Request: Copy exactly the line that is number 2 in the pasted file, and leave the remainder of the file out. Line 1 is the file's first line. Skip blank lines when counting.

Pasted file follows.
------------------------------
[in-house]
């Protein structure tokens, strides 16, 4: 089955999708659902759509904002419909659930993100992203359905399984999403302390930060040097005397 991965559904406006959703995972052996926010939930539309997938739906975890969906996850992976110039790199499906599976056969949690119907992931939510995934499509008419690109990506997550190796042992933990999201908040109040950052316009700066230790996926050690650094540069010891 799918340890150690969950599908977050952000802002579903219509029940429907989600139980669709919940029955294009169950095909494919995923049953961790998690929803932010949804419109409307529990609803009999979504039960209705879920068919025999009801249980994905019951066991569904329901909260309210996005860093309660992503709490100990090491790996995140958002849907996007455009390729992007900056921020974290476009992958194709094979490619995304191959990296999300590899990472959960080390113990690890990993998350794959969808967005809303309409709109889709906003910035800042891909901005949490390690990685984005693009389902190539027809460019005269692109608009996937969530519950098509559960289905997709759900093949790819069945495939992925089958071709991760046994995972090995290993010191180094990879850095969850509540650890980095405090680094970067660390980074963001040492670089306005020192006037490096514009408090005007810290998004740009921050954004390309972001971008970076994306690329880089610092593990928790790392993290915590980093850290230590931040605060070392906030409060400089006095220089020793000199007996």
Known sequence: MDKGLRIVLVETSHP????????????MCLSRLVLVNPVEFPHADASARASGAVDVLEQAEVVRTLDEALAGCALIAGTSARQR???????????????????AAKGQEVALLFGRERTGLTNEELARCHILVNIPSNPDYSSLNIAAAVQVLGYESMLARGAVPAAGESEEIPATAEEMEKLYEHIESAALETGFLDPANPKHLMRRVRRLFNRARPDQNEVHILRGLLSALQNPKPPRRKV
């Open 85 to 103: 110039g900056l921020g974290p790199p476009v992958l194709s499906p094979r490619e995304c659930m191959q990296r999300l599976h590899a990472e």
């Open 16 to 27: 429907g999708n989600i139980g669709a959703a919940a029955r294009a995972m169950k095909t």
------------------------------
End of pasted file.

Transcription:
């Protein structure tokens, strides 16, 4: 089955999708659902759509904002419909659930993100992203359905399984999403302390930060040097005397 991965559904406006959703995972052996926010939930539309997938739906975890969906996850992976110039790199499906599976056969949690119907992931939510995934499509008419690109990506997550190796042992933990999201908040109040950052316009700066230790996926050690650094540069010891 799918340890150690969950599908977050952000802002579903219509029940429907989600139980669709919940029955294009169950095909494919995923049953961790998690929803932010949804419109409307529990609803009999979504039960209705879920068919025999009801249980994905019951066991569904329901909260309210996005860093309660992503709490100990090491790996995140958002849907996007455009390729992007900056921020974290476009992958194709094979490619995304191959990296999300590899990472959960080390113990690890990993998350794959969808967005809303309409709109889709906003910035800042891909901005949490390690990685984005693009389902190539027809460019005269692109608009996937969530519950098509559960289905997709759900093949790819069945495939992925089958071709991760046994995972090995290993010191180094990879850095969850509540650890980095405090680094970067660390980074963001040492670089306005020192006037490096514009408090005007810290998004740009921050954004390309972001971008970076994306690329880089610092593990928790790392993290915590980093850290230590931040605060070392906030409060400089006095220089020793000199007996």